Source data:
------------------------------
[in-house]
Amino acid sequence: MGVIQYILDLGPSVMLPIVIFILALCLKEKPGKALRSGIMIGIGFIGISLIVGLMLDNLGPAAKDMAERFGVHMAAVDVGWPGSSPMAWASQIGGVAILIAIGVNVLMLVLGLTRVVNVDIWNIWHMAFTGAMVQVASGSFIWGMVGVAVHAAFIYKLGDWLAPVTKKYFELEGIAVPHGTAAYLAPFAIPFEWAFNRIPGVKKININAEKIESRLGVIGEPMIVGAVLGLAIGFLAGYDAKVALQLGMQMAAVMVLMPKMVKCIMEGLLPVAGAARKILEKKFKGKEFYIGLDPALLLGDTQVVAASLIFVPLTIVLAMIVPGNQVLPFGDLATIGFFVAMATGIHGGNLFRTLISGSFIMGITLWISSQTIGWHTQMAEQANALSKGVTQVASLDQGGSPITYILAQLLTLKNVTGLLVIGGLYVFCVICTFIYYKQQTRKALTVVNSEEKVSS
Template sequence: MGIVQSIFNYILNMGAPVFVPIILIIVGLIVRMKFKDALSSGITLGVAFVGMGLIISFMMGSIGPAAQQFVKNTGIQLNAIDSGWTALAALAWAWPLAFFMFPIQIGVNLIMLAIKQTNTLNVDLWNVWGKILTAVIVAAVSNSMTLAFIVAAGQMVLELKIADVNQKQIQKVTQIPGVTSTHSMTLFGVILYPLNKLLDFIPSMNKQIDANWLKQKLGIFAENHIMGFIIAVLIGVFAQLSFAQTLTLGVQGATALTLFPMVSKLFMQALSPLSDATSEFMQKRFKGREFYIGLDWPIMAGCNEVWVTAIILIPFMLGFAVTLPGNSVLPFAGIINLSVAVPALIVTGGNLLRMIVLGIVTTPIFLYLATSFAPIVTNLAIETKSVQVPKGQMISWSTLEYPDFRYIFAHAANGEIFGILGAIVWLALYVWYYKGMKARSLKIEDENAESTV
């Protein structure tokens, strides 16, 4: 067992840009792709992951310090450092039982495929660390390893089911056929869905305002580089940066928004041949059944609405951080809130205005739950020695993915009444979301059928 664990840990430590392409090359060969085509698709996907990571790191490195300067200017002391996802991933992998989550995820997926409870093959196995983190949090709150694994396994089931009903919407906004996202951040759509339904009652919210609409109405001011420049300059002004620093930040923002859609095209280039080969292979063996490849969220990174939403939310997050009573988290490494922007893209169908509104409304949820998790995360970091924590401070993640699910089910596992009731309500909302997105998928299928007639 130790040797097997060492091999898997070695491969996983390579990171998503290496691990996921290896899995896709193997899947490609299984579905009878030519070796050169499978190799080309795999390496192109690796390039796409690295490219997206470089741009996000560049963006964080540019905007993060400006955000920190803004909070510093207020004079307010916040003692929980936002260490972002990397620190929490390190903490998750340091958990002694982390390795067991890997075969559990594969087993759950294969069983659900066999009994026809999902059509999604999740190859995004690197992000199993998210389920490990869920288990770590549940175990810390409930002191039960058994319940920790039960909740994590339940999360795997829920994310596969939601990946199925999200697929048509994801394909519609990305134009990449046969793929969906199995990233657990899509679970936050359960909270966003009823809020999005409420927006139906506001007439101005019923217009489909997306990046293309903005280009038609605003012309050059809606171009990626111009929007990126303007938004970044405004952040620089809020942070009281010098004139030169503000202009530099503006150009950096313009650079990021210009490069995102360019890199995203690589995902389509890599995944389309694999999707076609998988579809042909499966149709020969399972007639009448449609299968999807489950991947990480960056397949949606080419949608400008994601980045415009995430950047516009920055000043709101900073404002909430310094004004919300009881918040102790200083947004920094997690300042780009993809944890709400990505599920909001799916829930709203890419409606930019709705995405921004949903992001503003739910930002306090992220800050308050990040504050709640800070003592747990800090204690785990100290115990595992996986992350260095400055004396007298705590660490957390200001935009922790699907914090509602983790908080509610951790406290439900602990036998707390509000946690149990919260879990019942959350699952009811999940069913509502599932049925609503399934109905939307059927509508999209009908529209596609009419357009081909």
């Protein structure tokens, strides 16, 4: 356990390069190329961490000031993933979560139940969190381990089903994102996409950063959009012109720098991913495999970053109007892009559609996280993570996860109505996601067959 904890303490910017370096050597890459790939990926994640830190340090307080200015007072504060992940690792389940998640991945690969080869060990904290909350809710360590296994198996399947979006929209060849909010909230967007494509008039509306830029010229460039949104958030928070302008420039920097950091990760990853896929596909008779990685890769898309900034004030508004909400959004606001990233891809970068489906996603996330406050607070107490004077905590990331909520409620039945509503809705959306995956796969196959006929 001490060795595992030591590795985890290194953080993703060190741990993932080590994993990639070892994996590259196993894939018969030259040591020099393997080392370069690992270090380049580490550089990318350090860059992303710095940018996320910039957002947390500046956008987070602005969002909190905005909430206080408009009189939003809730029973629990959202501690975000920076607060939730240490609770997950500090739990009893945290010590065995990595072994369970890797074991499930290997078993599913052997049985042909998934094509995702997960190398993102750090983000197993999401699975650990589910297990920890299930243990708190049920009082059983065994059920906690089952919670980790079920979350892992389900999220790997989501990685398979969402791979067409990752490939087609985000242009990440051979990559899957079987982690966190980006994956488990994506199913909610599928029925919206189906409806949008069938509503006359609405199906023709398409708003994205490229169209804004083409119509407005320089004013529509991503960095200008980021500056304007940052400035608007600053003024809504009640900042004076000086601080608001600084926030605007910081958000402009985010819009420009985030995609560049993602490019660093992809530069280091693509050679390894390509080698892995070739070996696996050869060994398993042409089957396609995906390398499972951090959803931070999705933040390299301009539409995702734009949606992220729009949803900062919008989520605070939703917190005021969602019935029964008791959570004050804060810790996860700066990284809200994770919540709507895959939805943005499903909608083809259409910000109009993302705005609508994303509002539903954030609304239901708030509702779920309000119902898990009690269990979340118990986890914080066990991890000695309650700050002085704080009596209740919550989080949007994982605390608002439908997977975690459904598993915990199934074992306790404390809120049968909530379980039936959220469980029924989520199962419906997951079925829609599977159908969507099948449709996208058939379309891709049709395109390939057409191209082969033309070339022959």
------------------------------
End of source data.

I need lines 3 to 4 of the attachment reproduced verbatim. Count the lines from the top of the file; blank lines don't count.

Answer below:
Template sequence: MGIVQSIFNYILNMGAPVFVPIILIIVGLIVRMKFKDALSSGITLGVAFVGMGLIISFMMGSIGPAAQQFVKNTGIQLNAIDSGWTALAALAWAWPLAFFMFPIQIGVNLIMLAIKQTNTLNVDLWNVWGKILTAVIVAAVSNSMTLAFIVAAGQMVLELKIADVNQKQIQKVTQIPGVTSTHSMTLFGVILYPLNKLLDFIPSMNKQIDANWLKQKLGIFAENHIMGFIIAVLIGVFAQLSFAQTLTLGVQGATALTLFPMVSKLFMQALSPLSDATSEFMQKRFKGREFYIGLDWPIMAGCNEVWVTAIILIPFMLGFAVTLPGNSVLPFAGIINLSVAVPALIVTGGNLLRMIVLGIVTTPIFLYLATSFAPIVTNLAIETKSVQVPKGQMISWSTLEYPDFRYIFAHAANGEIFGILGAIVWLALYVWYYKGMKARSLKIEDENAESTV
């Protein structure tokens, strides 16, 4: 067992840009792709992951310090450092039982495929660390390893089911056929869905305002580089940066928004041949059944609405951080809130205005739950020695993915009444979301059928 664990840990430590392409090359060969085509698709996907990571790191490195300067200017002391996802991933992998989550995820997926409870093959196995983190949090709150694994396994089931009903919407906004996202951040759509339904009652919210609409109405001011420049300059002004620093930040923002859609095209280039080969292979063996490849969220990174939403939310997050009573988290490494922007893209169908509104409304949820998790995360970091924590401070993640699910089910596992009731309500909302997105998928299928007639 130790040797097997060492091999898997070695491969996983390579990171998503290496691990996921290896899995896709193997899947490609299984579905009878030519070796050169499978190799080309795999390496192109690796390039796409690295490219997206470089741009996000560049963006964080540019905007993060400006955000920190803004909070510093207020004079307010916040003692929980936002260490972002990397620190929490390190903490998750340091958990002694982390390795067991890997075969559990594969087993759950294969069983659900066999009994026809999902059509999604999740190859995004690197992000199993998210389920490990869920288990770590549940175990810390409930002191039960058994319940920790039960909740994590339940999360795997829920994310596969939601990946199925999200697929048509994801394909519609990305134009990449046969793929969906199995990233657990899509679970936050359960909270966003009823809020999005409420927006139906506001007439101005019923217009489909997306990046293309903005280009038609605003012309050059809606171009990626111009929007990126303007938004970044405004952040620089809020942070009281010098004139030169503000202009530099503006150009950096313009650079990021210009490069995102360019890199995203690589995902389509890599995944389309694999999707076609998988579809042909499966149709020969399972007639009448449609299968999807489950991947990480960056397949949606080419949608400008994601980045415009995430950047516009920055000043709101900073404002909430310094004004919300009881918040102790200083947004920094997690300042780009993809944890709400990505599920909001799916829930709203890419409606930019709705995405921004949903992001503003739910930002306090992220800050308050990040504050709640800070003592747990800090204690785990100290115990595992996986992350260095400055004396007298705590660490957390200001935009922790699907914090509602983790908080509610951790406290439900602990036998707390509000946690149990919260879990019942959350699952009811999940069913509502599932049925609503399934109905939307059927509508999209009908529209596609009419357009081909």